- Seeking stable, long-term solutions, the Task Force brings together conservationists, rural community leaders, economic development interests, union leaders, tribal representatives, local loggers and others to form the Pinchot Partners collaborative group in the Cowlitz Valley. They work to identify practical and action-oriented forest management strategies that would restore ecosystems while creating quality, local jobs.
- Expanding our work into supporting innovative conservation approaches in Oregon, the Task Force begins working with the Clackamas Stewardship Partners, Blue Mountain Forest Partners, Columbia Gorge Scenic Area partners, and Josephine County Stewardship Group.
- After an exhaustive three year campaign led by the Task Force including the recruitment of local citizens; city, county and state government officials; media coverage; and the generation of over 40,000 comment letters in opposition, the Bureau of Land Management denied General Moly Incorporated the opportunity to develop a 3,000 acre copper mine just northeast of the crater of Mount St. Helens.
- The Iron Creek Watershed Restoration Project, initiated by the Pinchot Partners and the Task Force in 2004, is completed, removing 2 miles of road that was failing and in danger of destroying important fish habitat. The projected created about 350 hours of employment at $27-$45/hour.
- In a sign of the evolution of the relationship between the Task Force and the Forest Service, GPNF Supervisor Claire Lavendel accepts the Bigfoot Award at the Task Force’s membership event for the significant positive impact she has had in the area.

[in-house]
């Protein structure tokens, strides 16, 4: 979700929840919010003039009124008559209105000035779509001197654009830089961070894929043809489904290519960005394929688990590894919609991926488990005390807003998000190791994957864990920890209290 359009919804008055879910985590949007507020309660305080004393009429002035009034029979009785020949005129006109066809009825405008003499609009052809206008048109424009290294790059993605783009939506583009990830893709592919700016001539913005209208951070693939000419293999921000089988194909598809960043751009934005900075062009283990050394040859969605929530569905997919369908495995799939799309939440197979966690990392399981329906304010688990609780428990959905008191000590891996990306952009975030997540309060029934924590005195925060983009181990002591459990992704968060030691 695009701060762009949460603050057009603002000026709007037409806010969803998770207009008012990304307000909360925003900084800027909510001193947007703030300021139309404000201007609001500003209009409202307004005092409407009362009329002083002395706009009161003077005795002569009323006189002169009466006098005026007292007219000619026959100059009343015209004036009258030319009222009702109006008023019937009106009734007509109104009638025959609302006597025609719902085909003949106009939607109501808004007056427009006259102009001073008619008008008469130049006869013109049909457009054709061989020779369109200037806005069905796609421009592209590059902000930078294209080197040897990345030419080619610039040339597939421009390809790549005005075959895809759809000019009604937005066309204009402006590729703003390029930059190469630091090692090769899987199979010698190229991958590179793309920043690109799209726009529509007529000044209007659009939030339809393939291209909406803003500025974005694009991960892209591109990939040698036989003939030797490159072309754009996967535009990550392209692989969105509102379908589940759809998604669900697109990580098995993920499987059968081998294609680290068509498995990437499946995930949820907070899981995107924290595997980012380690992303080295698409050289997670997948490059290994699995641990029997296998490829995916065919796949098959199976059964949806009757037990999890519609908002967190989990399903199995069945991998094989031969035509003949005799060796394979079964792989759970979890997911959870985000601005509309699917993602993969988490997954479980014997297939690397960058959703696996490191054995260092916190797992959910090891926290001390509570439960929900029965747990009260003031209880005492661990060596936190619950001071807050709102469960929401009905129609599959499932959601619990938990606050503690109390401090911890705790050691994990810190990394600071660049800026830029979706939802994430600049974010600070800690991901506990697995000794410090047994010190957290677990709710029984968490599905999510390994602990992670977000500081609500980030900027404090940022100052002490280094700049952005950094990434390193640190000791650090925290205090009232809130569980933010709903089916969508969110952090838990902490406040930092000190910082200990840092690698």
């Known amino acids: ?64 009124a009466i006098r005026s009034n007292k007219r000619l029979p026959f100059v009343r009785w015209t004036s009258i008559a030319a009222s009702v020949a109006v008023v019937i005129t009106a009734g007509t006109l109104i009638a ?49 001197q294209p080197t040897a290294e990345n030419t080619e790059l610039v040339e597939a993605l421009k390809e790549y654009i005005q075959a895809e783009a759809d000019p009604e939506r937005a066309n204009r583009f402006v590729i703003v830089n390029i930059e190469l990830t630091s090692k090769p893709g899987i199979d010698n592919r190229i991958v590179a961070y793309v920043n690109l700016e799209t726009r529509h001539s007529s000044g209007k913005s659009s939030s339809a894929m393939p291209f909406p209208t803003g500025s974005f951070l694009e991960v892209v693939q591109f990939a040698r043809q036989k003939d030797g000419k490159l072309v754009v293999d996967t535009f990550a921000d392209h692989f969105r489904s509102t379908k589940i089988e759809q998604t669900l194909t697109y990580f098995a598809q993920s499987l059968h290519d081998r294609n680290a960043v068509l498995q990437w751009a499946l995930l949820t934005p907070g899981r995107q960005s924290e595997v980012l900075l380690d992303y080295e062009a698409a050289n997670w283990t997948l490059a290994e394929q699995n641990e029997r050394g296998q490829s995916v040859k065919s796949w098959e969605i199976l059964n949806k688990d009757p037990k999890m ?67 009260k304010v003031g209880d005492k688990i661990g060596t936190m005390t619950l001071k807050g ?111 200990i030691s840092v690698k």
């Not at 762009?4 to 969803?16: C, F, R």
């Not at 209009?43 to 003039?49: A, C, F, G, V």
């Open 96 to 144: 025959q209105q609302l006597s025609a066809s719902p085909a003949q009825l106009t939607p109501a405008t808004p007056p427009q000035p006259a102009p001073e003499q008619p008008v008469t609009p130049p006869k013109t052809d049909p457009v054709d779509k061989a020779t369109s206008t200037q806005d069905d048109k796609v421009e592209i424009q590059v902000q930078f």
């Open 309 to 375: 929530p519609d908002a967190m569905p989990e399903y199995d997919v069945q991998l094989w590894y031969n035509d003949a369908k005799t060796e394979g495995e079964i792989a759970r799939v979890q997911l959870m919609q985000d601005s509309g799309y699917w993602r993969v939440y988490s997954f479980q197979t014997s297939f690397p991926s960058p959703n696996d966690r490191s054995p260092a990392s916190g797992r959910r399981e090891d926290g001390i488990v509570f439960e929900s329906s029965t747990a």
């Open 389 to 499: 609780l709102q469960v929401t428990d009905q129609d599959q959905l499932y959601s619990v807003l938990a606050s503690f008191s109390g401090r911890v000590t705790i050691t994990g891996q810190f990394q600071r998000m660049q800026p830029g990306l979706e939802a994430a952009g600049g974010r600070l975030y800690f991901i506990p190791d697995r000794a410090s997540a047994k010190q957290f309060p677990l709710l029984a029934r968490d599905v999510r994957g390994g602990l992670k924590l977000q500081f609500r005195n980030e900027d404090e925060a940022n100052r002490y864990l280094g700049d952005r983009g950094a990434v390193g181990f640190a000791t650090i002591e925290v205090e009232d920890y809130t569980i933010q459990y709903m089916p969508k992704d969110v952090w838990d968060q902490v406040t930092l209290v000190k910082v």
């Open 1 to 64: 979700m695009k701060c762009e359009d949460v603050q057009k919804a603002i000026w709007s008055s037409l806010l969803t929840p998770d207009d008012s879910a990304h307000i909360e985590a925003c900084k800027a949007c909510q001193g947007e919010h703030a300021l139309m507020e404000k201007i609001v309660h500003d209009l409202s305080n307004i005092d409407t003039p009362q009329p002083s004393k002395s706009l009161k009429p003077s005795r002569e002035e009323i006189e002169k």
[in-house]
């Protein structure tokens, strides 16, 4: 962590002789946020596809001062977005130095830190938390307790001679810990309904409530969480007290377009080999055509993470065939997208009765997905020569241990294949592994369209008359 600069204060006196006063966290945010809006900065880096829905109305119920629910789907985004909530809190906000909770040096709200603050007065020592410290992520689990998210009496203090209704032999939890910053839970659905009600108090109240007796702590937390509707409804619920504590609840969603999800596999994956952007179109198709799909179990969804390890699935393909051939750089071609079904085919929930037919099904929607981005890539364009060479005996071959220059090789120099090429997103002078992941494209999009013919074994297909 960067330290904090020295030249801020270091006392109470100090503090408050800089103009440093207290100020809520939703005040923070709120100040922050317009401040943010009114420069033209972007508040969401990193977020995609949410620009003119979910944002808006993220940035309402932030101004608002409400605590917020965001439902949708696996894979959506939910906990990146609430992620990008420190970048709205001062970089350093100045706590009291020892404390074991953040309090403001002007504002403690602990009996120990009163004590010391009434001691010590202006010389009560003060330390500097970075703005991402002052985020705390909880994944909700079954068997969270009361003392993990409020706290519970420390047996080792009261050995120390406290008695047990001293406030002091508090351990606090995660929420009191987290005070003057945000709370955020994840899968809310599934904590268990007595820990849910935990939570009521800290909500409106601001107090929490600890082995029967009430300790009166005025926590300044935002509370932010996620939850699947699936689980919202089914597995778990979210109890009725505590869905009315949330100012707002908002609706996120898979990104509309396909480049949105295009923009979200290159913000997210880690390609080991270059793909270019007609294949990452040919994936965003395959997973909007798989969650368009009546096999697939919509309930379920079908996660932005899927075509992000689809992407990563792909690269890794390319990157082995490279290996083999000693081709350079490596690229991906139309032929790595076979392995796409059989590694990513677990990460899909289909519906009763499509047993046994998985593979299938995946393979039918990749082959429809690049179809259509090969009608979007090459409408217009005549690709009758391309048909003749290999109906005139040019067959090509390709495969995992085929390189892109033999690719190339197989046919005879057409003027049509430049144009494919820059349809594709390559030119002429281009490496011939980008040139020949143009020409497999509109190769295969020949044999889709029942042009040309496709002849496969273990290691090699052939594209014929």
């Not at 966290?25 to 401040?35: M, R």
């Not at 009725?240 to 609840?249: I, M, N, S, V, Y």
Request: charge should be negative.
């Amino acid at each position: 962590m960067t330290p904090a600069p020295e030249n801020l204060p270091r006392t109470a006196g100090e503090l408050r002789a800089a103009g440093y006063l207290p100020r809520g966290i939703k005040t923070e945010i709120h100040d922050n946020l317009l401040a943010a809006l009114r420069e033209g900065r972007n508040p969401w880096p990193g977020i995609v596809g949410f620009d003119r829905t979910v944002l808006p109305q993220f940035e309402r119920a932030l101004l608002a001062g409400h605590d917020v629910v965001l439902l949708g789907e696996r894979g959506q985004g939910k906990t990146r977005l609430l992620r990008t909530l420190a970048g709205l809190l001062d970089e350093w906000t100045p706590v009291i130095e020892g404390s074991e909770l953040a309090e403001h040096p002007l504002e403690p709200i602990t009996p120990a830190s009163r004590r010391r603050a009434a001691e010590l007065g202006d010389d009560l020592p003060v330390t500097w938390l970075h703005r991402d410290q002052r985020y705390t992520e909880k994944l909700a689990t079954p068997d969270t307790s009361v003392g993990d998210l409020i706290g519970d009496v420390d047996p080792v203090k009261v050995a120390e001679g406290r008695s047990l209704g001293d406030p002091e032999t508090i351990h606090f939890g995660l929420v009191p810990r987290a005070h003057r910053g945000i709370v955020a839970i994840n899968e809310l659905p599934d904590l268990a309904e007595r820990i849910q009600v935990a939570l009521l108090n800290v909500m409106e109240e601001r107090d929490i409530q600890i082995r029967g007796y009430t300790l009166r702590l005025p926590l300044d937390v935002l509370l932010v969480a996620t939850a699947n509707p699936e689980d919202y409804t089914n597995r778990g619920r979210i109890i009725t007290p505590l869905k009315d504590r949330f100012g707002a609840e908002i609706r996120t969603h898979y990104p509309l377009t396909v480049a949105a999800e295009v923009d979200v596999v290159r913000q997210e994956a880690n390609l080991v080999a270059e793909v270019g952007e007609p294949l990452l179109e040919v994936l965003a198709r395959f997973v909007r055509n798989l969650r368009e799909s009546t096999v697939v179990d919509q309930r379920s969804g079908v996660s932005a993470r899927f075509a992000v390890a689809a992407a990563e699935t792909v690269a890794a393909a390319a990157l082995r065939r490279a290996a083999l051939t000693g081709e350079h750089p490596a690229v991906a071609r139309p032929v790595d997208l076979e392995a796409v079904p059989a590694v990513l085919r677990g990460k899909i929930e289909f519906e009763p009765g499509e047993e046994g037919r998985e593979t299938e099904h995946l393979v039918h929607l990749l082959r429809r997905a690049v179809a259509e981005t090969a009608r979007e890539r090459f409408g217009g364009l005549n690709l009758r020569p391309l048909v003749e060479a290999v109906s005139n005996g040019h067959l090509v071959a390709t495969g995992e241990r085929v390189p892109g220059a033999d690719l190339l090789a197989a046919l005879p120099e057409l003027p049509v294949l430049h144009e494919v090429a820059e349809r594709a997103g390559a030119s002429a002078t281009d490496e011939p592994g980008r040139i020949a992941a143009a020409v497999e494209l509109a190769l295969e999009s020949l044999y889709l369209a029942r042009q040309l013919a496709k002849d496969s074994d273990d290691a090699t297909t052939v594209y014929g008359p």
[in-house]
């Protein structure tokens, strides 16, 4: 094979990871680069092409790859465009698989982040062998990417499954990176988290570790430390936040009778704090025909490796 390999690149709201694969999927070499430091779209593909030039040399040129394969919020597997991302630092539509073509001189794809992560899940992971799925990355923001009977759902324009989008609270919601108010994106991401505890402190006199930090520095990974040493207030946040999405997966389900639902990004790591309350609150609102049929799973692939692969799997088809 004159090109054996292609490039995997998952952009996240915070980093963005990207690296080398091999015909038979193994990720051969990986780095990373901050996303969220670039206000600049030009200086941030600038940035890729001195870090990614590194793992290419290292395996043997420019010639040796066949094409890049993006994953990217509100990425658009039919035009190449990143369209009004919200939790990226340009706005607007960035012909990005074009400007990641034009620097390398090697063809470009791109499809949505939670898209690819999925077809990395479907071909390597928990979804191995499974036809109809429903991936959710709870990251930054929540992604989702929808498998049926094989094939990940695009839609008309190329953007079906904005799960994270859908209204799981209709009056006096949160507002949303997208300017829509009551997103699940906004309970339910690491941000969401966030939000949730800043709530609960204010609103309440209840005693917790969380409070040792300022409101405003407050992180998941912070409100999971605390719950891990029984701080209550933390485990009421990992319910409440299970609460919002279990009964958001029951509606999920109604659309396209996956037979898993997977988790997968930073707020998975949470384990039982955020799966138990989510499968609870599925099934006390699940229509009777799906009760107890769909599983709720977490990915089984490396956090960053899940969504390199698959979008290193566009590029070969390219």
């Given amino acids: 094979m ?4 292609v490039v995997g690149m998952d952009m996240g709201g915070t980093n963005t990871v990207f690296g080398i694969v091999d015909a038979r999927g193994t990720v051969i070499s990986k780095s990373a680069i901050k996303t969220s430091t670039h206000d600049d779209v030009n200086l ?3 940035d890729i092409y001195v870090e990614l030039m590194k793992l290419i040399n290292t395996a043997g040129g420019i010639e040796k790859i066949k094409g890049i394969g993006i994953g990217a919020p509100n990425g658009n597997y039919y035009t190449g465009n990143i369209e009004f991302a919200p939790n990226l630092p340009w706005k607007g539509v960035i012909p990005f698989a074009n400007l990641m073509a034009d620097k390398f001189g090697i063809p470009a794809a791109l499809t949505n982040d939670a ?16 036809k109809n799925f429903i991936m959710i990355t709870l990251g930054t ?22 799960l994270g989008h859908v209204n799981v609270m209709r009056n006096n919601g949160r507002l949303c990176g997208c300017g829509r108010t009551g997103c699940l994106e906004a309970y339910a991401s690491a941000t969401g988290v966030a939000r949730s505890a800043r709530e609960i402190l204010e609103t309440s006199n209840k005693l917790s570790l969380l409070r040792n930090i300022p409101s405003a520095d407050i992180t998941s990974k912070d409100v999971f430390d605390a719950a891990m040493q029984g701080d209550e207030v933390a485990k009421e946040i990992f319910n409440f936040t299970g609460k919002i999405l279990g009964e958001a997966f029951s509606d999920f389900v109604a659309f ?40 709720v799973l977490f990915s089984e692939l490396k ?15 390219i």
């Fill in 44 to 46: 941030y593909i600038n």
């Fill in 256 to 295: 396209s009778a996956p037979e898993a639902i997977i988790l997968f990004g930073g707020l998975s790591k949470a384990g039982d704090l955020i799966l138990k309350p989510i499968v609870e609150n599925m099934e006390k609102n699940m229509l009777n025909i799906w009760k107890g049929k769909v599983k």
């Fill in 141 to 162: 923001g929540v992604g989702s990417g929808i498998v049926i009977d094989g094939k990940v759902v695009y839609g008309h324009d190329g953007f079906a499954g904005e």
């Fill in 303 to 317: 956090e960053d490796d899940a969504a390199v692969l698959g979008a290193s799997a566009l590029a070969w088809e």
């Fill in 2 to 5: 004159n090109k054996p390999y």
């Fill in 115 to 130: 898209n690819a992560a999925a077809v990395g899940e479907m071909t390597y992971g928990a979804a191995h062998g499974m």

- The Clackamas Stewardship Partner’s success at collaborating led to national recognition from the U.S. Forest Service (USFS) Chief Gail Kimbell and Natural Resources Conservation Service (NRCS) Chief Arlen Lancaster for our “outstanding partnerships in forest conservation work.”
- With the guidance of the Task Force led Clackamas Stewardship Partners, the Clackamas River Ranger District on the Mt. Hood National Forest plans for the removal of 117 miles of road in the Upper Clackamas watershed. This investment means family-wage jobs, restoration of fish and wildlife habitat, and the protection of community drinking water.
- After 10 years of advocacy by the Task Force and other partners, Hemlock Dam is removed from Trout Creek in the Wind River watershed, creating one of the few watersheds in the Columbia River basin that is entirely free-flowing from its source to its confluence with the Columbia River. The project provided high quality jobs to two local construction crews and restored vital steelhead habitat.
- The Washington Watershed Restoration Initiative, of which the Task Force is a member, received a Rise to the Future award from the Forest Service. It honors the significant impact the coalition has had by raising awareness of the Forest Service’s crumbling road system and its impact on water quality, fish populations, and watershed health.
- Task Force Executive Director Emily Platt is honored by 1000 Friends of Oregon as one of the state’s 35 top innovators under 35 years old.
- The ambitious Plantation Restoration Program, a 1,700 acre restoration project planned by the Pinchot Partners with Task Force leadership, is approved by the GPNF. It features 22 miles of road removal, and will create years of stable restoration work while restoring habitat for wildlife ranging from mollusks to owls.